A 50-Year-Old Tax Code Wasn't Built for SaaS Companies

by Mark Goldberg

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There's a major court case that impacts you every time you swipe a credit card online, even if you don't realize it. And it involves the internet's biggest seller of cute cow mugs.

"SaaS companies are being forced to fit into a 50-year-old mold in the tax code that was created decades before the birth of the Internet."
— Mark Goldberg, Index Ventures

South Dakota passed a law in 2016 requiring online sellers with no physical presence in the state to collect sales taxes. This law was upheld by the Supreme Court in 2018 in South Dakota vs. Wayfair, a decision that made it clear online businesses were responsible for sales tax anywhere they were doing business. In short order, nearly every other state followed South Dakota's lead and began reaping the tax benefits of a booming internet business economy.

All online businesses now have an enormous challenge of complying with a patchwork of local tax rules where rates vary based on what you sell and where your buyer resides. Businesses that don't pay attention to these complicated tax laws can face huge penalties and interest on top of uncollected taxes. The problem is most acute for enterprise software businesses, where dynamic pricing and usage-based billing make accounting for sales even more complex. SaaS companies are being forced to fit into a 50-year-old mold in the tax code that was created decades before the birth of the Internet.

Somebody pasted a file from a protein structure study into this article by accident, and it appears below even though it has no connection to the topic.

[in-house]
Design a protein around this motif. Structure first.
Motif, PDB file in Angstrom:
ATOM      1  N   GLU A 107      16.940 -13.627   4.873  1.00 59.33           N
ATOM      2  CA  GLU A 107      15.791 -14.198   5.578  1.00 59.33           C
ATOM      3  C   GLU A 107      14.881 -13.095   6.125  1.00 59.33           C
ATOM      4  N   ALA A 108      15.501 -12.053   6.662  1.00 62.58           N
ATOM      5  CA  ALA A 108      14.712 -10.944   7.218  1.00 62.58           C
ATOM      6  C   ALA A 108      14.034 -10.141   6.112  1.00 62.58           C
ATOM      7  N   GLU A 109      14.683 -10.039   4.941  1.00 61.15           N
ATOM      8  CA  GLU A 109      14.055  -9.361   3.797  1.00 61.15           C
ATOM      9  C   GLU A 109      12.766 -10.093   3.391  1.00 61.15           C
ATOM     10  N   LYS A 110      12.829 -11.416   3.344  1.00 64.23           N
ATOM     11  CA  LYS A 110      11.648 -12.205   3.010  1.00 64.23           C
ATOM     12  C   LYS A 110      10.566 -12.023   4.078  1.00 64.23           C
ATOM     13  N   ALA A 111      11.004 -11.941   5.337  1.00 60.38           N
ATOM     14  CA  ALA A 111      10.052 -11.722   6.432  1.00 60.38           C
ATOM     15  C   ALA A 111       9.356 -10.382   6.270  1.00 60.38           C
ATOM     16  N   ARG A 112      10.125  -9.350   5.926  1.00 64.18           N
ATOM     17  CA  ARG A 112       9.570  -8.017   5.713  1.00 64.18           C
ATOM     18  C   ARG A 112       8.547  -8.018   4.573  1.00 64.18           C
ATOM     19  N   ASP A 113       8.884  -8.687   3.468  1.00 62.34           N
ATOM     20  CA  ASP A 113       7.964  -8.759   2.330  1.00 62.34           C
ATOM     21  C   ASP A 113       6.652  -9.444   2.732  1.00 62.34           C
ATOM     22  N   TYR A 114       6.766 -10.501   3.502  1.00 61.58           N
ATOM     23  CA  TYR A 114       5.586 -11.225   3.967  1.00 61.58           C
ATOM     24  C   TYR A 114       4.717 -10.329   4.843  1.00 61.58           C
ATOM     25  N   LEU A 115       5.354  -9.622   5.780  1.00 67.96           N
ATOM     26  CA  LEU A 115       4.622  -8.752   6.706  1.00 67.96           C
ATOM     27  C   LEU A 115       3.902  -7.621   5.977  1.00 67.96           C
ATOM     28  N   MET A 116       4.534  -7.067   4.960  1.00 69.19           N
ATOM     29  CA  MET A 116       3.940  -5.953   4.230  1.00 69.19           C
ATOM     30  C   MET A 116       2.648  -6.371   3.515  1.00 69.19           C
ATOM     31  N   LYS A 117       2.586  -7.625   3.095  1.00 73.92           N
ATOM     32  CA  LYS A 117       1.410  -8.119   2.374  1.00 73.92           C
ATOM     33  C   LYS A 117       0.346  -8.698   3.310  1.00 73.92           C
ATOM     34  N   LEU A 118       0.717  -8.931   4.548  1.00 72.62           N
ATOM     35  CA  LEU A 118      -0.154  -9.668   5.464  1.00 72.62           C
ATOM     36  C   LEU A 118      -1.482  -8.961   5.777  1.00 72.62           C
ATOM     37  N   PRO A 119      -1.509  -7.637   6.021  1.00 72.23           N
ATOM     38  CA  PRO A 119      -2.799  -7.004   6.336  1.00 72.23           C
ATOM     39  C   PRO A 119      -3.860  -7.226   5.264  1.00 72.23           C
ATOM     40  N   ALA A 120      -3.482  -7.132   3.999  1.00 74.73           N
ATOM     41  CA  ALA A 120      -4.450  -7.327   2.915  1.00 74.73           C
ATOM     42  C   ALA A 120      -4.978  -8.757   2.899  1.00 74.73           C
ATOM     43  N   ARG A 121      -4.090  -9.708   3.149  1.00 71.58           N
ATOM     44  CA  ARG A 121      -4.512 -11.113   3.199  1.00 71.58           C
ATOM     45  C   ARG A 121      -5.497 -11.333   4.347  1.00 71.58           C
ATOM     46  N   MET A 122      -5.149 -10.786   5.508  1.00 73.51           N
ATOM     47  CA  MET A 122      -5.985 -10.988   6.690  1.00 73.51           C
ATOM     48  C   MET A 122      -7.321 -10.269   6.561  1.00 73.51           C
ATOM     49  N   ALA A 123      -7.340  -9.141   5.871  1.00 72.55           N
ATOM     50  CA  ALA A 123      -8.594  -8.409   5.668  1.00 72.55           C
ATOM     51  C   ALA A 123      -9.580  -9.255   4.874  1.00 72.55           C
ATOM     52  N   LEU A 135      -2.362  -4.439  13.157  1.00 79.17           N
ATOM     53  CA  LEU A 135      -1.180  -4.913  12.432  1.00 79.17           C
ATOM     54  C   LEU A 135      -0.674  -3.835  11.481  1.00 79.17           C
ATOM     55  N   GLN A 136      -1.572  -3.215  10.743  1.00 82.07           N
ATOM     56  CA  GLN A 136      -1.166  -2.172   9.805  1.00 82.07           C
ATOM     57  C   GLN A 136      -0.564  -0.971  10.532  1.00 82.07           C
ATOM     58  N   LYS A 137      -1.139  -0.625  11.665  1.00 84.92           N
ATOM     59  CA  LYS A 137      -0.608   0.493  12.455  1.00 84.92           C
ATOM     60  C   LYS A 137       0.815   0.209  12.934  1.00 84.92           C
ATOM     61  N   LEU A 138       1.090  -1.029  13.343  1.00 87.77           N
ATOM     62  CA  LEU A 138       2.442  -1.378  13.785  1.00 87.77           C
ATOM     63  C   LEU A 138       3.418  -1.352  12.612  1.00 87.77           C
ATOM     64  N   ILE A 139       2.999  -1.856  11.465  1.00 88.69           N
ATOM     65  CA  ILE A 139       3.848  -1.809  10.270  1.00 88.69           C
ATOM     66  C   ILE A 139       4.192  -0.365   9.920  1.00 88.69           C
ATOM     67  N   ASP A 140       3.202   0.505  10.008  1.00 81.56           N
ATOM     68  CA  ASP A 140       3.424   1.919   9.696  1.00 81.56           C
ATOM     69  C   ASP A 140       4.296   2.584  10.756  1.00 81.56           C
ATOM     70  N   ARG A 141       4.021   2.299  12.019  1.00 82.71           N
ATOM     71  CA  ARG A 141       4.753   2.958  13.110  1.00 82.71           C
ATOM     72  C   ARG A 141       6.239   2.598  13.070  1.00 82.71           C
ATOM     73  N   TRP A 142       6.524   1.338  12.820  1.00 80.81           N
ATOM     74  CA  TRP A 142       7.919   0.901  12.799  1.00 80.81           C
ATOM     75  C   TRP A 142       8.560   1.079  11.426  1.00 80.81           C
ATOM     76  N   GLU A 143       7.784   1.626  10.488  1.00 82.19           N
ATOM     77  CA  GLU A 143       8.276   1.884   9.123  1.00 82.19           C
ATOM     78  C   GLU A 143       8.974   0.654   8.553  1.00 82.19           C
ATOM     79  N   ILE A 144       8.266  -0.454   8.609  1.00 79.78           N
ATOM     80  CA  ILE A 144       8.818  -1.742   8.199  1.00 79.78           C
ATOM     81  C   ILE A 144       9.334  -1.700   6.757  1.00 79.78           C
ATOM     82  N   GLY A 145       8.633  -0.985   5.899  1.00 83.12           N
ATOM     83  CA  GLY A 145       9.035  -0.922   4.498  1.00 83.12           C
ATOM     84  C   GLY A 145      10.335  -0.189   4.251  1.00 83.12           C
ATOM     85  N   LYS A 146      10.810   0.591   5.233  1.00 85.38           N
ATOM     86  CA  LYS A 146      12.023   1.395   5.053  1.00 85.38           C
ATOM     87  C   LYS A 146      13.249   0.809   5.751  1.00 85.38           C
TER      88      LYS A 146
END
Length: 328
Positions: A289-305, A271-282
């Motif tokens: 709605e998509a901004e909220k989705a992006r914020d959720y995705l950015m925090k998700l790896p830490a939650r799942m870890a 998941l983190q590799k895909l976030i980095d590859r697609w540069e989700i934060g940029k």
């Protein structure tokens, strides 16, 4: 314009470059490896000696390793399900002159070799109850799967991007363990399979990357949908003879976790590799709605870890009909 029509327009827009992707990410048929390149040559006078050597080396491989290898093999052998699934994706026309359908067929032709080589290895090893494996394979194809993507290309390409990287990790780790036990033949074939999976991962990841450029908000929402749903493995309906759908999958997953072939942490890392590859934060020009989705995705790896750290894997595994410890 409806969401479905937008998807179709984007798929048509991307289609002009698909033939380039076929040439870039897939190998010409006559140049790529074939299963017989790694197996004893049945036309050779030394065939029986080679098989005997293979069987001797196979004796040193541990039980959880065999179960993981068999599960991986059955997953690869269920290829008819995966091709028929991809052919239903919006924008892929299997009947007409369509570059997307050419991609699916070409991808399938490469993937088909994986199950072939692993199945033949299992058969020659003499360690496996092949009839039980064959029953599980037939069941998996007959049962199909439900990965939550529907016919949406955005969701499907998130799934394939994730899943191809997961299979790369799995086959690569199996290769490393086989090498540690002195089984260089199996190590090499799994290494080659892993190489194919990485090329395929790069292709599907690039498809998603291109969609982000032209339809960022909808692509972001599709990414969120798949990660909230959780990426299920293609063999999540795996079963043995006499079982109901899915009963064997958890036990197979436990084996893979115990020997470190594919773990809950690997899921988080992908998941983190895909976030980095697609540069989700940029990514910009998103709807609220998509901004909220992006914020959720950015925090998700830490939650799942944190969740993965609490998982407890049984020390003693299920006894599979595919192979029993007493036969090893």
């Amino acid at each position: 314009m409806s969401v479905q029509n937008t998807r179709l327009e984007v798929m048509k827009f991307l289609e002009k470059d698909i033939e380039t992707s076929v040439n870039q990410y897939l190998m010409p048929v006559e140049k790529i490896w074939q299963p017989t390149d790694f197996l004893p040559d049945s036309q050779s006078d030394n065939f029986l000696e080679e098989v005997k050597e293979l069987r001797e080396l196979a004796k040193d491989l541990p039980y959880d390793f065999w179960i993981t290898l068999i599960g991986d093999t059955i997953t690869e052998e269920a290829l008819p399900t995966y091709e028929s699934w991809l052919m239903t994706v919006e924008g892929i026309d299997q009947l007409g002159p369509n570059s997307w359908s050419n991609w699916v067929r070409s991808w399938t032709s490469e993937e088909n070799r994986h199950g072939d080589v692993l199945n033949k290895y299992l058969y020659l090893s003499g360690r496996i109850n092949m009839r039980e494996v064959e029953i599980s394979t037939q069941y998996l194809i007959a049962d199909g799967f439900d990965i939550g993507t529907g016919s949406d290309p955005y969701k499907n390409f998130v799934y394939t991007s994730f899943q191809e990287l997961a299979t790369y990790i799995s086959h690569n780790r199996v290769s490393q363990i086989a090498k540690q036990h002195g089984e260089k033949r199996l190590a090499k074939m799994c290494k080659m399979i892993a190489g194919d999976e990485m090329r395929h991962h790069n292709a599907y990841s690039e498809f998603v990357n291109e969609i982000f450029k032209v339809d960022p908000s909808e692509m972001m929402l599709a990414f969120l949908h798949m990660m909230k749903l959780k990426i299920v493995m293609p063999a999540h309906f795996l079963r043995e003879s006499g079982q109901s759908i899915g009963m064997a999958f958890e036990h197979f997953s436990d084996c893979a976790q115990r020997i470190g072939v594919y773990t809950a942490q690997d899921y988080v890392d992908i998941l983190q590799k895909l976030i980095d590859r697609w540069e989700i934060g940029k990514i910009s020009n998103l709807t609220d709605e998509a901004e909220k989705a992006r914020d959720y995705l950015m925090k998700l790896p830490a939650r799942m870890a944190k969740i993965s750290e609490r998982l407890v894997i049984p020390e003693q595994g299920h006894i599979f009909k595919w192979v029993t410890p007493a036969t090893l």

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Michelle and the Index team, March 2018

"Businesses should focus on building great products and companies — not becoming tax experts."
— Mark Goldberg, Index Ventures

I learned about this problem space from Michelle Valentine, a former colleague of mine at Index Ventures who went on to become an early employee at Airtable. Michelle started noticing a pattern amongst friends that worked within finance orgs at startups - they were all worried and lost about what to do with the new burden of sales tax on software. As she spoke to more founders in the tech ecosystem, she realized this was a universal challenge. Partnering up with a star engineer at Airtable (and former Dropbox alumni), Kannan Goundan, the two created Anrok.

Businesses should focus on building great products and companies — not becoming tax experts. I'm thrilled to co-lead Anrok's $4.3M seed round alongside Bryan Schreier at Sequoia (a board member at Dropbox during my time there). As online markets get bigger and more diverse, companies need solutions tailor-made for their needs so they can spend more time on the priorities that matter most... and less time calculating sales tax.

Published — June 14, 2021